On the importance of “no”

“Hitler may have lost the war on the battle field, but he ended up winning something,” says M. Halter. “Because in the 20th century, men created the concentration camp, resuscitated torture, and taught their fellow men that it is possible to close one’s eyes to the misfortunes of others.”

Perhaps he is right: there are abandoned children, massacred civilians, innocent people in jail, lonely old people, drunkards in the gutter, crazy men wielding power.

But then perhaps he is quite wrong: the Warriors of Light exist, and they never accept what is unacceptable.

The most important words in any language are small words. “Yes,” for example. Love. God. These are words that are easy to utter, and they fill in empty spaces in our world.

However, there is one word – also a small one – that we find difficult to say: “No”.

And we see ourselves as generous, understanding, and polite.  Because “no” is considered to be cursed, egoistic, not at all spiritual.

We have to be careful here. There are moments when we say “yes” to others and in fact are saying “no” to ourselves.

All the great men and women in the world have been people who, rather than say “yes”, said a very big NO to everything that did not fit their ideal of bounty and growth.

Warriors of Light recognize one another just by looking. They are in the world, they are part of the world, and they were sent to the world without provisions or sandals.  Often they are cowards.  They do not always act properly.

Warriors of Light suffer for trivial things, worry about petty matters, and feel incapable of growing.  Occasionally Warriors of Light feel they are unfit for any blessing or miracle.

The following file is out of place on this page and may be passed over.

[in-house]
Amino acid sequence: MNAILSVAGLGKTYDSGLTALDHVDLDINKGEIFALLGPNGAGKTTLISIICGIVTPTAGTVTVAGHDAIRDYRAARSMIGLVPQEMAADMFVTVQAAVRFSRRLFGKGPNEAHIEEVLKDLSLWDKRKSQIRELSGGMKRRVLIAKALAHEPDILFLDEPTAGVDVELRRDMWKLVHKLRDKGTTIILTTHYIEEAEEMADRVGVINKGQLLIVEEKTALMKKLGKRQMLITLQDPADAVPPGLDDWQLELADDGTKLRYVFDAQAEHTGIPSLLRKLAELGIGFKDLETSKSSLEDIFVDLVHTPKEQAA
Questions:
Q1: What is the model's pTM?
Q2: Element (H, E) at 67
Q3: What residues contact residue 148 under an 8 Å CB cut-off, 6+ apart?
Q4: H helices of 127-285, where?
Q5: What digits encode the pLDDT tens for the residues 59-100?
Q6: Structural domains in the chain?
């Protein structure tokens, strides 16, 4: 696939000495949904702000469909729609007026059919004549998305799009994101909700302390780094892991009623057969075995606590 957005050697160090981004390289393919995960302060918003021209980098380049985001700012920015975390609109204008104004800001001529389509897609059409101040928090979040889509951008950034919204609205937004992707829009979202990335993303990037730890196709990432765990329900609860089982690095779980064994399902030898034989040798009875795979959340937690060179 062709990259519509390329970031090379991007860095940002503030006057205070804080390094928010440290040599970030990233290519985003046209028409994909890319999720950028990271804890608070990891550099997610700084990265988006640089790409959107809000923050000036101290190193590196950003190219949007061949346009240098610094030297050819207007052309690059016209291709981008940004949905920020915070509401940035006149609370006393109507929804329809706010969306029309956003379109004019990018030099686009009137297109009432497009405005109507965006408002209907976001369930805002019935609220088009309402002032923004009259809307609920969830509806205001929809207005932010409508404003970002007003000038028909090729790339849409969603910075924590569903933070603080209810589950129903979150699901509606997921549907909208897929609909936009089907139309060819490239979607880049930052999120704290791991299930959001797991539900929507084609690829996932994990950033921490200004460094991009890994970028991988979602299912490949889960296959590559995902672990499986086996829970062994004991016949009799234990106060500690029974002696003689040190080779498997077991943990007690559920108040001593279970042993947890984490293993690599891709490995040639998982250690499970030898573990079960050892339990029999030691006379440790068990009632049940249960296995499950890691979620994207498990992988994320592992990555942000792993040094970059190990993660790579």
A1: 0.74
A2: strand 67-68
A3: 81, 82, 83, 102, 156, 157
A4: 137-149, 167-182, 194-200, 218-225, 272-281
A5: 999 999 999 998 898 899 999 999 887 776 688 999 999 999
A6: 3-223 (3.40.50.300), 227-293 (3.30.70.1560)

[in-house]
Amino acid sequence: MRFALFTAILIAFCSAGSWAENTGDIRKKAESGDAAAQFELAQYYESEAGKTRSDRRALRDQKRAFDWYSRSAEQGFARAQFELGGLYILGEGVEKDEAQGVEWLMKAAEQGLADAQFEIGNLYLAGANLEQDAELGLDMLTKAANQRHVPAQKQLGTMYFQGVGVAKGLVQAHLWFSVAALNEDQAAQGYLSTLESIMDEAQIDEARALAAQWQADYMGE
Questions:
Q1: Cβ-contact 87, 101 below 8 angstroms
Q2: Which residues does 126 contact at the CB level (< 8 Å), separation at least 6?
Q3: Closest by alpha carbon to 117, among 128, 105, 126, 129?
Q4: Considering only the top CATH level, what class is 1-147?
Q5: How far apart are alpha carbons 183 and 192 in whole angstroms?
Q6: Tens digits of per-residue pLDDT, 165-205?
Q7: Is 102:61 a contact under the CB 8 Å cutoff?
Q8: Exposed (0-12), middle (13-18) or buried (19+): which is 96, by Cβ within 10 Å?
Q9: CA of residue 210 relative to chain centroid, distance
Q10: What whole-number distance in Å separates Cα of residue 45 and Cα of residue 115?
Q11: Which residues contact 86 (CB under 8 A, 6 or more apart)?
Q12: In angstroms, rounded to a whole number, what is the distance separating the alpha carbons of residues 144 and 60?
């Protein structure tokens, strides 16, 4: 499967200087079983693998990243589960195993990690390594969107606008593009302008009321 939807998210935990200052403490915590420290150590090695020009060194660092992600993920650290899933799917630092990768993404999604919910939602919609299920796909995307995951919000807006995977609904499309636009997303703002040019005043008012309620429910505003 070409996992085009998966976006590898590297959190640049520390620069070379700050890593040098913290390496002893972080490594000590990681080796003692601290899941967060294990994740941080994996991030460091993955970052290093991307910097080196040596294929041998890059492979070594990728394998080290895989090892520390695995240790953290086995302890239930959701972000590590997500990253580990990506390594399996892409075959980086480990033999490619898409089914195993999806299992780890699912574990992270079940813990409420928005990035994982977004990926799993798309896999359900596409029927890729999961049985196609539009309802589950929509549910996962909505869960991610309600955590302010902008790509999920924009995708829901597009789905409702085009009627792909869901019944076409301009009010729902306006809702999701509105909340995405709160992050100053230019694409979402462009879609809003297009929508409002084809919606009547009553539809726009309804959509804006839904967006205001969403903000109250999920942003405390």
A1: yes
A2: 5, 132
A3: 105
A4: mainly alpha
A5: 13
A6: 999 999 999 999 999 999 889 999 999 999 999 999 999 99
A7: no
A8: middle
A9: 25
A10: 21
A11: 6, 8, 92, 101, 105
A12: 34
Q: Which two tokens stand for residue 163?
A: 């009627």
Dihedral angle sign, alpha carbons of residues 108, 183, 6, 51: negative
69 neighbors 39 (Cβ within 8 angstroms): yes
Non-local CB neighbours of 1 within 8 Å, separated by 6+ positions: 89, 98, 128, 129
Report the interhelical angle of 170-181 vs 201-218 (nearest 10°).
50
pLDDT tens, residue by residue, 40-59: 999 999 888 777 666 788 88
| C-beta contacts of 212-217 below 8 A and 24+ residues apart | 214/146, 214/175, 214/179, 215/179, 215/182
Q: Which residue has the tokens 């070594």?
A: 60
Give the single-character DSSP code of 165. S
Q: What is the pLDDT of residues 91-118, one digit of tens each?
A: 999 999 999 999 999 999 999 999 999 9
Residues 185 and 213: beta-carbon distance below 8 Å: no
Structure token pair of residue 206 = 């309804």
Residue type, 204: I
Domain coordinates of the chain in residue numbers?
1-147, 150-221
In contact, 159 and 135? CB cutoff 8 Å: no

Warriors of Light frequently ask what they are doing here.  Many times they feel that their life has no meaning.

That is why they are Warriors of Light.  Because they make mistakes.  Because they ask.  Because they continue to look for a meaning.  But above all because they have the capacity to say “no” when they are faced with things they cannot accept.

We may often be called intolerant, but it is important to open up and fight against everything and all circumstances if we see injustice or cruelty.  No-one can admit that, after all is said and done, Hitler set a pattern that can be repeated because people are incapable of protesting.  And to reinforce this fight, let us not forget the words of John Bunyan, author of the classic “Pilgrim’s Progress”:

“For all that I have suffered, I do not regret the problems that I have faced – because they are what brought me to where I wanted to arrive.  Now that I am close to death, all that I have is this sword, and I hand it over to whoever wants to follow their pilgrimage.

“I carry with me all the marks and scars of the combats – they are the witnesses of what I have lived through, and the rewards for what I have conquered.  It is these cherished marks and scars that will open for me the gates of Heaven.

“There was a time when I was always hearing stories of bravery.  There was a time when I lived only because I needed to live.  But now I live because I am a warrior, and because one day I want to be in the company of Him in whose name I have fought so hard.”

So scars are necessary when we fight against Absolute Evil, or when we have to say “no” to all those who, sometimes with the best of intentions, try to impede our journey towards dreams.

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